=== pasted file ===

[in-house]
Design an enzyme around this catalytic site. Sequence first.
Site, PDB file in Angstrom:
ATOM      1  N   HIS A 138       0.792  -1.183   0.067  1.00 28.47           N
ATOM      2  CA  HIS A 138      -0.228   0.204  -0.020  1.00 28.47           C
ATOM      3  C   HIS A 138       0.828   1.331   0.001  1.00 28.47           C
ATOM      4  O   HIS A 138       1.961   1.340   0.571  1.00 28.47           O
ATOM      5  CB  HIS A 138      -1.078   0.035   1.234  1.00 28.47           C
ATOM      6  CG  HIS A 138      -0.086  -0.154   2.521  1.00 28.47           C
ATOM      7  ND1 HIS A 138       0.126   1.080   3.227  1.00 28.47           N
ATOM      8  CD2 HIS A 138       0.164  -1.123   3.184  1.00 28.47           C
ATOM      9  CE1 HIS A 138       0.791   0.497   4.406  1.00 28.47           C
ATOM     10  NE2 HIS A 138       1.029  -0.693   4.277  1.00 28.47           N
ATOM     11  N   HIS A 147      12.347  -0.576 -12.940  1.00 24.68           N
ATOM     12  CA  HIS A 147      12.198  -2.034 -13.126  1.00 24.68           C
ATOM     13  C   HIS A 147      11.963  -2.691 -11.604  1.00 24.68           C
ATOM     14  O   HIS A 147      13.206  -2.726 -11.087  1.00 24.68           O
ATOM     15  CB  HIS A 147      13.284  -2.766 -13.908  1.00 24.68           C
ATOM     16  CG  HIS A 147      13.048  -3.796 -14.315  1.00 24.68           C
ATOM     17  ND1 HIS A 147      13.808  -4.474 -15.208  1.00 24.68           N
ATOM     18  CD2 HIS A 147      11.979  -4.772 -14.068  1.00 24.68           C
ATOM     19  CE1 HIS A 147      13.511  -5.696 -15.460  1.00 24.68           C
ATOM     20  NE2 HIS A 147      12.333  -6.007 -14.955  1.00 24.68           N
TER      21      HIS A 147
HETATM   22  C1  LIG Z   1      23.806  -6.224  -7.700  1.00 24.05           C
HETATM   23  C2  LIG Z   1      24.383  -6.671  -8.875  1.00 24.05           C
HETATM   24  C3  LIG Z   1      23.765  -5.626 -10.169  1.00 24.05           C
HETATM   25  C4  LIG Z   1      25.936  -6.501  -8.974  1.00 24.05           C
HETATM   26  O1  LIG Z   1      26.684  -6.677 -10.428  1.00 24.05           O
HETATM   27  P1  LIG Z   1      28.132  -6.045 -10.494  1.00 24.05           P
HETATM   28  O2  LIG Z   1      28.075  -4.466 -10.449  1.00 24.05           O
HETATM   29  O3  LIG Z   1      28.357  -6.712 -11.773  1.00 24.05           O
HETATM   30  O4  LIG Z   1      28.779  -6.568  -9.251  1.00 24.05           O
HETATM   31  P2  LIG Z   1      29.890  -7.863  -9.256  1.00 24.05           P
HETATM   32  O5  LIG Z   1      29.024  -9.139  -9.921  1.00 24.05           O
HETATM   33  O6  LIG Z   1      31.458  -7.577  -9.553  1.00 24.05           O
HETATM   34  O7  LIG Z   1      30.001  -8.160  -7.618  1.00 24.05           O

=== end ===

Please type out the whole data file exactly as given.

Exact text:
[in-house]
Design an enzyme around this catalytic site. Sequence first.
Site, PDB file in Angstrom:
ATOM      1  N   HIS A 138       0.792  -1.183   0.067  1.00 28.47           N
ATOM      2  CA  HIS A 138      -0.228   0.204  -0.020  1.00 28.47           C
ATOM      3  C   HIS A 138       0.828   1.331   0.001  1.00 28.47           C
ATOM      4  O   HIS A 138       1.961   1.340   0.571  1.00 28.47           O
ATOM      5  CB  HIS A 138      -1.078   0.035   1.234  1.00 28.47           C
ATOM      6  CG  HIS A 138      -0.086  -0.154   2.521  1.00 28.47           C
ATOM      7  ND1 HIS A 138       0.126   1.080   3.227  1.00 28.47           N
ATOM      8  CD2 HIS A 138       0.164  -1.123   3.184  1.00 28.47           C
ATOM      9  CE1 HIS A 138       0.791   0.497   4.406  1.00 28.47           C
ATOM     10  NE2 HIS A 138       1.029  -0.693   4.277  1.00 28.47           N
ATOM     11  N   HIS A 147      12.347  -0.576 -12.940  1.00 24.68           N
ATOM     12  CA  HIS A 147      12.198  -2.034 -13.126  1.00 24.68           C
ATOM     13  C   HIS A 147      11.963  -2.691 -11.604  1.00 24.68           C
ATOM     14  O   HIS A 147      13.206  -2.726 -11.087  1.00 24.68           O
ATOM     15  CB  HIS A 147      13.284  -2.766 -13.908  1.00 24.68           C
ATOM     16  CG  HIS A 147      13.048  -3.796 -14.315  1.00 24.68           C
ATOM     17  ND1 HIS A 147      13.808  -4.474 -15.208  1.00 24.68           N
ATOM     18  CD2 HIS A 147      11.979  -4.772 -14.068  1.00 24.68           C
ATOM     19  CE1 HIS A 147      13.511  -5.696 -15.460  1.00 24.68           C
ATOM     20  NE2 HIS A 147      12.333  -6.007 -14.955  1.00 24.68           N
TER      21      HIS A 147
HETATM   22  C1  LIG Z   1      23.806  -6.224  -7.700  1.00 24.05           C
HETATM   23  C2  LIG Z   1      24.383  -6.671  -8.875  1.00 24.05           C
HETATM   24  C3  LIG Z   1      23.765  -5.626 -10.169  1.00 24.05           C
HETATM   25  C4  LIG Z   1      25.936  -6.501  -8.974  1.00 24.05           C
HETATM   26  O1  LIG Z   1      26.684  -6.677 -10.428  1.00 24.05           O
HETATM   27  P1  LIG Z   1      28.132  -6.045 -10.494  1.00 24.05           P
HETATM   28  O2  LIG Z   1      28.075  -4.466 -10.449  1.00 24.05           O
HETATM   29  O3  LIG Z   1      28.357  -6.712 -11.773  1.00 24.05           O
HETATM   30  O4  LIG Z   1      28.779  -6.568  -9.251  1.00 24.05           O
HETATM   31  P2  LIG Z   1      29.890  -7.863  -9.256  1.00 24.05           P
HETATM   32  O5  LIG Z   1      29.024  -9.139  -9.921  1.00 24.05           O
HETATM   33  O6  LIG Z   1      31.458  -7.577  -9.553  1.00 24.05           O
HETATM   34  O7  LIG Z   1      30.001  -8.160  -7.618  1.00 24.05           O